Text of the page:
Can Good Oral Hygiene Reduce Cancer Risk?
Maintaining good oral hygiene has many obvious advantages, from freshening your breath to reducing the risk of tooth decay and gum disease (among other health benefits).
But do these benefits extend to reducing the likelihood of developing certain types of cancer?
No Definitive Answer
A key point to make is that there is no 100% conclusive answer. Some research has seemingly established a link between aspects of dental health and cancer risk but it would be wrong to state that this is proven beyond doubt.
As with most research in its infancy there is need for more research to prove, or disprove, this connection beyond doubt.
‘Poor Oral Health May Increase Risk Of Cancer Death’
In 2012, the Daily Telegraph ran the headline above and it was a fair headline based on the long-term piece of research by the University of Helsinki and the Karolinska Institute in Sweden. The research was funded by the Swedish Ministry of Health and Social Affairs, and the Karolinksa Institute.
Their study was published in the peer-reviewed BMJ Open journal and it looked at volunteers over a 24-year period. The study saw the volunteers undergo a dental check at the start of the 24-year period and then, over ensuing years national death registries were studied.
The findings showed that those who had died tended to have had higher levels of plaque at that initial dental check.
However, while the association found was significant, what can’t be said with complete certainty is that there is a direct link. Those who died might have had higher plaque levels through other factors that can lead to death rather than being the cause itself.
This was, though, a significant piece of work, with some 1,390 participants measured across 24 years. Those who took part were all aged between 30 and 40 at the start of the study and had good dental health. Of the 1,390 participants, 58 died during the follow-up period and 35 of these due to cancer. Those who died of cancer were found to have been more likely to have had higher plaque, gum inflammation and tartar levels at the start of the process.
It must be noted that they were also more likely to be male, have been older at the start of the study and to be a smoker. The NHS states that the study shows “oral health may be associated with an increased risk of dying”.
In 2017, a Daily Mail report headline ran ‘Why brushing your teeth could reduce the risk of throat cancer by more than a fifth, study finds’. The headline would seem to suggest a comparison between brushing teeth and not brushing teeth at all – clearly if you were to never brush your teeth they could end up decaying and putting you at risk of losing your teeth, along with other health risks.
The study looked at a link between Tannerella forsythia – a type of bacteria – and oesophageal cancer. This form of bacteria was found to be more common in people who went on to develop this cancer, but the reporting by the Mail here was poor. It assumes that brushing teeth better would remove this bacteria and so cancer risk would be reduced, however no direct link was established between the two, the bacteria could be a symptom of factors making cancer more likely, not the cause. The NHS detailed review of this study is fairly damning in that it suggests the review makes conclusions that cannot be backed up by the evidence. At best it suggests areas for further research.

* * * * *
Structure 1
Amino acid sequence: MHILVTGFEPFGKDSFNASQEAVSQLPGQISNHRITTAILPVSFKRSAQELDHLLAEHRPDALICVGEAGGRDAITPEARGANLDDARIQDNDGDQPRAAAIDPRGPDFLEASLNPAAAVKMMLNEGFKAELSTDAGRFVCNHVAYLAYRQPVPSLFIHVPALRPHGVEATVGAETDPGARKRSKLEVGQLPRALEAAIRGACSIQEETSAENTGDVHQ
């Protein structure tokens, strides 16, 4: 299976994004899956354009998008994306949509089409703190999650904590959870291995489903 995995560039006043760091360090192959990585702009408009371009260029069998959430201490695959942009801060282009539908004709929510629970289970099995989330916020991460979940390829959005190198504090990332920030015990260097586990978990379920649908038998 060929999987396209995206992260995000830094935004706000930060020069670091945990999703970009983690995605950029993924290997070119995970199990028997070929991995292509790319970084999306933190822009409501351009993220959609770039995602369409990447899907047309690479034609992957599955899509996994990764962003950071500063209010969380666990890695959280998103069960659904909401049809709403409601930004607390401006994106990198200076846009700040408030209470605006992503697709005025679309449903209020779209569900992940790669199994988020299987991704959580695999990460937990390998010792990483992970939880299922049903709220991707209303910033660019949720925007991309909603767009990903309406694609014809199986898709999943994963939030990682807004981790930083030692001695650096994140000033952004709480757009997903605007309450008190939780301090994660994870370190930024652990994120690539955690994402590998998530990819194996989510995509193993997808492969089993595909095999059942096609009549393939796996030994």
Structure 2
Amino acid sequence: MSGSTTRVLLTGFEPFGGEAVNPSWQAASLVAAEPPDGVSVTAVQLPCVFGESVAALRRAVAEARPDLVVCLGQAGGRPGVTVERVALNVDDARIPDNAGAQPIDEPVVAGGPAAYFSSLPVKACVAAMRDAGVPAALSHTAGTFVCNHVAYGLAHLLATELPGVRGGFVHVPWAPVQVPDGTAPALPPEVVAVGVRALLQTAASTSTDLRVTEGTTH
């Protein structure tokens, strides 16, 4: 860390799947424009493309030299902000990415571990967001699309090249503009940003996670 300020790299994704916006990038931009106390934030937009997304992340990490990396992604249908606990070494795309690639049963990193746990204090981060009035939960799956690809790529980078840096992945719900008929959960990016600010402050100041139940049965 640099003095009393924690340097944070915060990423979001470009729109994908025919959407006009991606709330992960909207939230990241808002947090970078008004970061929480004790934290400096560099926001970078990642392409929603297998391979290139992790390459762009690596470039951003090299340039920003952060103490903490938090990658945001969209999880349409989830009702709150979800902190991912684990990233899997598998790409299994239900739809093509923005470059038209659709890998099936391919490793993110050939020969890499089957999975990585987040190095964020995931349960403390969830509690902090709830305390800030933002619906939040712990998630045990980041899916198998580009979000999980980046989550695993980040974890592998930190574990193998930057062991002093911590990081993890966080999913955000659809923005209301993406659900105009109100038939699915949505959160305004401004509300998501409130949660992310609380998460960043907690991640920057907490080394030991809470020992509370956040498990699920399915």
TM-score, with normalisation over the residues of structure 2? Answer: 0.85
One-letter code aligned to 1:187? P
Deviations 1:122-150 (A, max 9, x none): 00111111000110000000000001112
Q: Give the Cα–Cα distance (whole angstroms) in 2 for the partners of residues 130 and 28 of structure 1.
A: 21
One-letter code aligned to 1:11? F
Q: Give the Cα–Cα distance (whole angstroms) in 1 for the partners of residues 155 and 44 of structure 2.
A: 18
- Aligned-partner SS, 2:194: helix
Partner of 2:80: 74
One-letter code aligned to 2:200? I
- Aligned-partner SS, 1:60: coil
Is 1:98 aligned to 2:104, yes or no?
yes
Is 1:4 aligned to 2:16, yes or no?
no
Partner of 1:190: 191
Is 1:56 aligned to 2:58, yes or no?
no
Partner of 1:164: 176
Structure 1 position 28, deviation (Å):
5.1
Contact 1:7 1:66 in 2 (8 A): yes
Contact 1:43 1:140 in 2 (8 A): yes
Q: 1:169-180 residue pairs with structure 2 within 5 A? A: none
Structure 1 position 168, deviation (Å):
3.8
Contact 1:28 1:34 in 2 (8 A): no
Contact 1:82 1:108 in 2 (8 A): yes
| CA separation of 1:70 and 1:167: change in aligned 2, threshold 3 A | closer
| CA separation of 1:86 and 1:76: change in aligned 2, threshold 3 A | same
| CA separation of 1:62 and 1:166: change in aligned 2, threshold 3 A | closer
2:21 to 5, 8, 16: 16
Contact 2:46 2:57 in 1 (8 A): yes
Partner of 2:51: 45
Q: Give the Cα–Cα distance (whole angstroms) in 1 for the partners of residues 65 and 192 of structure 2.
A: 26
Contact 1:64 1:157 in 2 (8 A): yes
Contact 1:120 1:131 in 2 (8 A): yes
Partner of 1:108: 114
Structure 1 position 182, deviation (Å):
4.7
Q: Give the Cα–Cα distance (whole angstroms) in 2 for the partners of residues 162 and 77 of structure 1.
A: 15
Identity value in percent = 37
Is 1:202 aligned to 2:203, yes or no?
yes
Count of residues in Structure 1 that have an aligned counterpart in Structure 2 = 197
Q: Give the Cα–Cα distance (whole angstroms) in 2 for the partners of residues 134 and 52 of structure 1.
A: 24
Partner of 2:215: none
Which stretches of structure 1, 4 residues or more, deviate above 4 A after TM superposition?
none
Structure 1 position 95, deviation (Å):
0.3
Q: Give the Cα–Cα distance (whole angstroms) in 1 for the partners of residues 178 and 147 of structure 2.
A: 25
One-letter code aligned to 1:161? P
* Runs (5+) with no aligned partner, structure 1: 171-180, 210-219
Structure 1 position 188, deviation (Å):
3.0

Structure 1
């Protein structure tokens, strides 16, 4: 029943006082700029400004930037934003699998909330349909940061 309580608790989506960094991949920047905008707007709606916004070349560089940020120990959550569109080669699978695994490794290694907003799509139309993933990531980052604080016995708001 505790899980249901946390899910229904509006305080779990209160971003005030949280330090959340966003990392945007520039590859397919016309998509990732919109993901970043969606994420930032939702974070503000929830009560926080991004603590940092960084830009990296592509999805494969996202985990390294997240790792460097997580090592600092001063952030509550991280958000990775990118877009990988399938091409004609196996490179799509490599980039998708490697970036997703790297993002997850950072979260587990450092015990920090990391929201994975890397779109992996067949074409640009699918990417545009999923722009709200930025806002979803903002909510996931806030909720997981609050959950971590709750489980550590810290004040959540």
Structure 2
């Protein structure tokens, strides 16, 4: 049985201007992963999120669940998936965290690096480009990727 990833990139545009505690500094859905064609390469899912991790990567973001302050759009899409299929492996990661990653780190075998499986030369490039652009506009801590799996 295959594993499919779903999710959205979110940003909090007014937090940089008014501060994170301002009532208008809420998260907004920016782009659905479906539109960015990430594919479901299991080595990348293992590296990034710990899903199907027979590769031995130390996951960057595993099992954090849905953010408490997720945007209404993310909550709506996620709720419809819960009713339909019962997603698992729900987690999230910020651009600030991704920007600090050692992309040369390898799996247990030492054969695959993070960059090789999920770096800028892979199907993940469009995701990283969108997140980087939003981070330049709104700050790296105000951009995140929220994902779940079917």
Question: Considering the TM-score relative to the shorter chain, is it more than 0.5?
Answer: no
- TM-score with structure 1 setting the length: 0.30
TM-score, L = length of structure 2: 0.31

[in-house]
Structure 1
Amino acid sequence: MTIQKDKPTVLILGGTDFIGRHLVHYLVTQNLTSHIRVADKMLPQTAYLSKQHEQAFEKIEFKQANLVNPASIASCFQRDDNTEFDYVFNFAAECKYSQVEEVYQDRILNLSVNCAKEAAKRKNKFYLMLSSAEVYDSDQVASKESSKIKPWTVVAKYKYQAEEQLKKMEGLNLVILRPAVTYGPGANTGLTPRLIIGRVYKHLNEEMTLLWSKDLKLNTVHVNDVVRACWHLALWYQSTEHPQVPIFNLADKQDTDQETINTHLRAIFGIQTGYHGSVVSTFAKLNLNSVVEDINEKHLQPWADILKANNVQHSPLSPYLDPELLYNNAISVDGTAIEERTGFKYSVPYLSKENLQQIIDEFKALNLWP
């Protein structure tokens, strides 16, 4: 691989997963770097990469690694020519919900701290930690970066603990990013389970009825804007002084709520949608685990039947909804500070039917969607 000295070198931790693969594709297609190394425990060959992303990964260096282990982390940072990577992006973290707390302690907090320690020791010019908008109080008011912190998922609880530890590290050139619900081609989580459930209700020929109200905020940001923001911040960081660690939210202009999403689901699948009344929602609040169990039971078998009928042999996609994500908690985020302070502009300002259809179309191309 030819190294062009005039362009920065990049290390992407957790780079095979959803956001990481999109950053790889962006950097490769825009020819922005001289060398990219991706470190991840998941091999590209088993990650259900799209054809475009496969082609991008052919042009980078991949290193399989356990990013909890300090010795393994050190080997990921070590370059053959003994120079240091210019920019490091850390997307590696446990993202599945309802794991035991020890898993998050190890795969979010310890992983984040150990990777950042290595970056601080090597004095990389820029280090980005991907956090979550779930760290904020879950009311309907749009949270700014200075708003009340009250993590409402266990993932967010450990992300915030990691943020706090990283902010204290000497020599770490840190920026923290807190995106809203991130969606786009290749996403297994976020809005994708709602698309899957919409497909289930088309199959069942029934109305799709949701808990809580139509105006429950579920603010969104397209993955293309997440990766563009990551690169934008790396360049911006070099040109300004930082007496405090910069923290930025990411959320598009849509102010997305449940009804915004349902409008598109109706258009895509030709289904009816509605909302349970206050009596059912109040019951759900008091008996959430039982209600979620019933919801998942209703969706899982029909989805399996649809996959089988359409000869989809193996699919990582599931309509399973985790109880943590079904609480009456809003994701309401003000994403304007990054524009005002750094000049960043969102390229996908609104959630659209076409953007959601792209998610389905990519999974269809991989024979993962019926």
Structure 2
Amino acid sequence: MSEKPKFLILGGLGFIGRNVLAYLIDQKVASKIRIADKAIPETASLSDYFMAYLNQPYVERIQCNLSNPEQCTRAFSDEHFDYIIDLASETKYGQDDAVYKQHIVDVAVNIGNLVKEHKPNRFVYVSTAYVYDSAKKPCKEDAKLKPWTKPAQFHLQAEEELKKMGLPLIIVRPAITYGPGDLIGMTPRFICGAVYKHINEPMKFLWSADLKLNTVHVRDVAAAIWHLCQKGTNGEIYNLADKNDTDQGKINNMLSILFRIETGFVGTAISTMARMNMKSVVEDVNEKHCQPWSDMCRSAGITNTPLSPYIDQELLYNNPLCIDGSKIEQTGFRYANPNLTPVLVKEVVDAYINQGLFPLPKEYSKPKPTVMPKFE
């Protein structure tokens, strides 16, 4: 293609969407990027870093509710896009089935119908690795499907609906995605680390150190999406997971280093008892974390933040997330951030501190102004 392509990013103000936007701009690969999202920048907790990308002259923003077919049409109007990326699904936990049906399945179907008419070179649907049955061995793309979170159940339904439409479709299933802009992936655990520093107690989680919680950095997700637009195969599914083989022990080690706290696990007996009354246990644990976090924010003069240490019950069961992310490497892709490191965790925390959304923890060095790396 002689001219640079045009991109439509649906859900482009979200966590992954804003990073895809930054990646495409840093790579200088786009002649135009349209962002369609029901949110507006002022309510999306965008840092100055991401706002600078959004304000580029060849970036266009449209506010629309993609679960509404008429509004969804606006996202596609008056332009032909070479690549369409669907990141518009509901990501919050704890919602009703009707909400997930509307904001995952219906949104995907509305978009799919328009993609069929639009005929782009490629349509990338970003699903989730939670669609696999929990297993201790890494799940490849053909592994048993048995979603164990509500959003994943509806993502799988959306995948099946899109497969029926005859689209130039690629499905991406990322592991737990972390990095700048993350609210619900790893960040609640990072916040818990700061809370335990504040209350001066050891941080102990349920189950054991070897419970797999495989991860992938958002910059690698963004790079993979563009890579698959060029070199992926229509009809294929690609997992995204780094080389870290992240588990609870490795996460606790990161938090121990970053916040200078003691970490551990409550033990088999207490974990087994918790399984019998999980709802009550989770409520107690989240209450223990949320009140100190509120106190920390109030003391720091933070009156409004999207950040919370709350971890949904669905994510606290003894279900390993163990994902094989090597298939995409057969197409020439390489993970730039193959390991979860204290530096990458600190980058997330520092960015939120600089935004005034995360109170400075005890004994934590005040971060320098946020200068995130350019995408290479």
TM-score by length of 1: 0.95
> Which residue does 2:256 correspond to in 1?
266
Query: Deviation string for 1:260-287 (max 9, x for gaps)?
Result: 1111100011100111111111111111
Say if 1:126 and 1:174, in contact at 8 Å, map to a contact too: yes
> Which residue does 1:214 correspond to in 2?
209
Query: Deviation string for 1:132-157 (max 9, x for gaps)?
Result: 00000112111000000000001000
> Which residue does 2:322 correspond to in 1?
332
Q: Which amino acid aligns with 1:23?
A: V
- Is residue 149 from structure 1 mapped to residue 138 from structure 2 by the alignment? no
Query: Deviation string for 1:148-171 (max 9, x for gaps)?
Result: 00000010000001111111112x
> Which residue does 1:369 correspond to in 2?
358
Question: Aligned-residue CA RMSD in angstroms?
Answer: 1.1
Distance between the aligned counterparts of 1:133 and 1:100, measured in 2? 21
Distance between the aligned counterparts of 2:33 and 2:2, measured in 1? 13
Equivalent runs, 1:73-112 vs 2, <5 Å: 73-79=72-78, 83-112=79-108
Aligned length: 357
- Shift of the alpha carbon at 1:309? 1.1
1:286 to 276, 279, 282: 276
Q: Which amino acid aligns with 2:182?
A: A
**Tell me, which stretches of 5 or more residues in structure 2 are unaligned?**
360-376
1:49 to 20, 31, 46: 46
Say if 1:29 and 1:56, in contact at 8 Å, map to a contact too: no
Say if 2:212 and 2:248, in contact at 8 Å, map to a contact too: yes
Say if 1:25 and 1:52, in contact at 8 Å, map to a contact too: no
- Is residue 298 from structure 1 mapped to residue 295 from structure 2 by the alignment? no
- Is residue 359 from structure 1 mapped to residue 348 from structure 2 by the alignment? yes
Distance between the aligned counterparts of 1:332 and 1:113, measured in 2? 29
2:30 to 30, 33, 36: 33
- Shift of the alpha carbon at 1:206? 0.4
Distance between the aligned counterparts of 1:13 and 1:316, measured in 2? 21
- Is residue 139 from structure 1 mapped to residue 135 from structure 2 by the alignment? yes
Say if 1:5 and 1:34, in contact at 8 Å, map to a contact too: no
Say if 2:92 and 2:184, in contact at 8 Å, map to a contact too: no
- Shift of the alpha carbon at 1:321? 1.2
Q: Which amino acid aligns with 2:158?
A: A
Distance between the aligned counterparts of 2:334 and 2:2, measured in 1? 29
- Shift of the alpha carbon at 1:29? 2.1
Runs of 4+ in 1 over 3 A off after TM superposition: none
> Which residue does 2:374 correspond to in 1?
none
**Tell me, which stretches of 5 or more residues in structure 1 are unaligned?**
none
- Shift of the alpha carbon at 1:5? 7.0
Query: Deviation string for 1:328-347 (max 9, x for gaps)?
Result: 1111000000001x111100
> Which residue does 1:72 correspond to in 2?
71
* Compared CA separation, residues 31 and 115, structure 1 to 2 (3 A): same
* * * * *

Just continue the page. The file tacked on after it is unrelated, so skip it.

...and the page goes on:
A Key Piece Of Work
A year later in 2018, research led by Tufts University suggested a link between periodontitis – advanced gum disease – and increased cancer risk. The study of some 7,466 participants looked at dental health and then whether those participants went on to get cancer over a 10-year period.
The standout headline was that there was a 24% increase in the risk of developing cancer among patients who had severe periodontitis at the start of the process, compared to those with at-worst mild periodontitis. Among patients with no teeth – often a sign of extreme periodontitis – the increase was 28%. The study found that the risk of lung cancer and colon cancer saw the greatest increase – those with severe periodontitis were more than twice as likely to then get lung cancer.
Flaws in previous studies failed to take into consideration whether patients were smokers or had other lifestyle factors that needed to be taken into consideration. Here, even the group of non-smokers followed the same pattern – those with severe periodontitis showed a significant increase in the likelihood of developing lung and other forms of cancer. The team behind this work admit that further work is required, but the results appear to be significant.
Read more on this research here.
So, Can Good Oral Hygiene Reduce Cancer Risk?
The answer is maybe.
There appears to be a growing weight of evidence that poor oral health may play a part in increasing the risk of some forms of cancer.
The 2018 research suggested that some forms of cancer were more likely if a patient had severe periodontitis and compared this against mild or no periodontitis. It did not, however, establish a link to say that a patient with mild periodontitis was more likely to develop cancer than someone with no gum disease whatsoever.
What is certain is that good oral hygiene has huge overall benefits. It helps prevent tooth decay, cavities, bad breath and potential tooth loss. Good oral hygiene helps stop the onset of gingivitis (the first stage of gum disease) and reduces the risk of more aggressive periodontitis.
Gum disease has been linked with heart conditions, diabetes and other serious health problems, so there is a systemic impact caused by plaque bacteria. What is also clear is that oral health is an important part of living a healthy life that can potentially have a positive impact on your overall health and wellbeing.
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